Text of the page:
« Last Edit: Today at 05:14:16 PM by nametaken »
« Last Edit: March 19, 2016, 05:14:46 PM by nametaken »
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Re: You wouldn't know how fast you're going
« Reply #84 on: April 07, 2016, 10:55:39 AM »
According to flat earth theory I am travelling faster than the speed of light.

(Flat Earth wiki)
Why doesn't gravity pull the earth into a spherical shape?
The earth isn't pulled into a sphere because the force known as gravity doesn't exist or at least exists in a greatly diminished form than is commonly taught. The earth is constantly accelerating up at a rate of 32 feet per second squared (or 9.8 meters per second squared). This constant acceleration causes what you think of as gravity.
(Flat Earth wiki)

After a single year the Earth would have been moving faster than the speed of light.

Breaking the laws of physics aside, my question is :) why don't you feel the effects of moving so fast?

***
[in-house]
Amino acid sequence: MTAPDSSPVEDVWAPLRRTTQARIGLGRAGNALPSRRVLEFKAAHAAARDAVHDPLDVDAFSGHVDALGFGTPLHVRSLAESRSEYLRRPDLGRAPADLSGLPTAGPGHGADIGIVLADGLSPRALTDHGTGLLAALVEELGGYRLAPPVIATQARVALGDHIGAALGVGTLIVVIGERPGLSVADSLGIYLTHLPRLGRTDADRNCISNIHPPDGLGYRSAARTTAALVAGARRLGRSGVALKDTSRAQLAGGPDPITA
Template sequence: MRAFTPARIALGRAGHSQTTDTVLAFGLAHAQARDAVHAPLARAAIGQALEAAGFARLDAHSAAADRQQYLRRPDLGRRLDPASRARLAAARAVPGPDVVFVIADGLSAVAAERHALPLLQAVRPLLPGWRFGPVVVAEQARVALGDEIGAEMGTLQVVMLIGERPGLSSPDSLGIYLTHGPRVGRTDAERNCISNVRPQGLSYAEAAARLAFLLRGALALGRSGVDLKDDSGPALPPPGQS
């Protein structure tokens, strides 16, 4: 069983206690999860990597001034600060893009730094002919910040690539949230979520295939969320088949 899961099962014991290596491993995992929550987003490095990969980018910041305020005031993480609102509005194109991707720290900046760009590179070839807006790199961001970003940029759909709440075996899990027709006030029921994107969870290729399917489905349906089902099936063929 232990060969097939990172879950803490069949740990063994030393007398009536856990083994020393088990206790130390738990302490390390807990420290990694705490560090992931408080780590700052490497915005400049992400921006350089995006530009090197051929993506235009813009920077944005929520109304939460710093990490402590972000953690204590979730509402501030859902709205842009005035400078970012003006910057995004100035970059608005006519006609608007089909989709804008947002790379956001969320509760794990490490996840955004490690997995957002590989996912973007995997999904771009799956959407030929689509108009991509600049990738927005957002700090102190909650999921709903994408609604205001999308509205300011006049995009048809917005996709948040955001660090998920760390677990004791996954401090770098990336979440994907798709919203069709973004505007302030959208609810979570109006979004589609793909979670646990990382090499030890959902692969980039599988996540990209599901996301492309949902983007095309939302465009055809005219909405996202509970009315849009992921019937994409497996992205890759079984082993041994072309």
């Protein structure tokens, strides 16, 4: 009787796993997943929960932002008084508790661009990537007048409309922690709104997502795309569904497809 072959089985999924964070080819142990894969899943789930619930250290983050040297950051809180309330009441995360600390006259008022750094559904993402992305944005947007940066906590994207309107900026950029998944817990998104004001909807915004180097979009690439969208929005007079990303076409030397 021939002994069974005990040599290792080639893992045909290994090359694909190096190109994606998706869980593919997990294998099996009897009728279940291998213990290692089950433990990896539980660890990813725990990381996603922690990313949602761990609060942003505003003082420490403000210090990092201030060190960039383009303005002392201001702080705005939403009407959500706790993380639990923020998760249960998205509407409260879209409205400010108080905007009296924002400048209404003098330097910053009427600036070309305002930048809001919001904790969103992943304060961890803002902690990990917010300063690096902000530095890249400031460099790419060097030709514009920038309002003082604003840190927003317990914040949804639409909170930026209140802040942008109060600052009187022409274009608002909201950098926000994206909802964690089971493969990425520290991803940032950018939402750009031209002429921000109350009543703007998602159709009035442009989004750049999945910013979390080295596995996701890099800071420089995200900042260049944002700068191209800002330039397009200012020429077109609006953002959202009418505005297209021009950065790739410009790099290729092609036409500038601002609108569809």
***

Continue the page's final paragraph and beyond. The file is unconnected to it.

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Offline junker

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Re: You wouldn't know how fast you're going
« Reply #85 on: April 07, 2016, 04:54:26 PM »
According to flat earth theory I am travelling faster than the speed of light.

(Flat Earth wiki)
Why doesn't gravity pull the earth into a spherical shape?
The earth isn't pulled into a sphere because the force known as gravity doesn't exist or at least exists in a greatly diminished form than is commonly taught. The earth is constantly accelerating up at a rate of 32 feet per second squared (or 9.8 meters per second squared). This constant acceleration causes what you think of as gravity.
(Flat Earth wiki)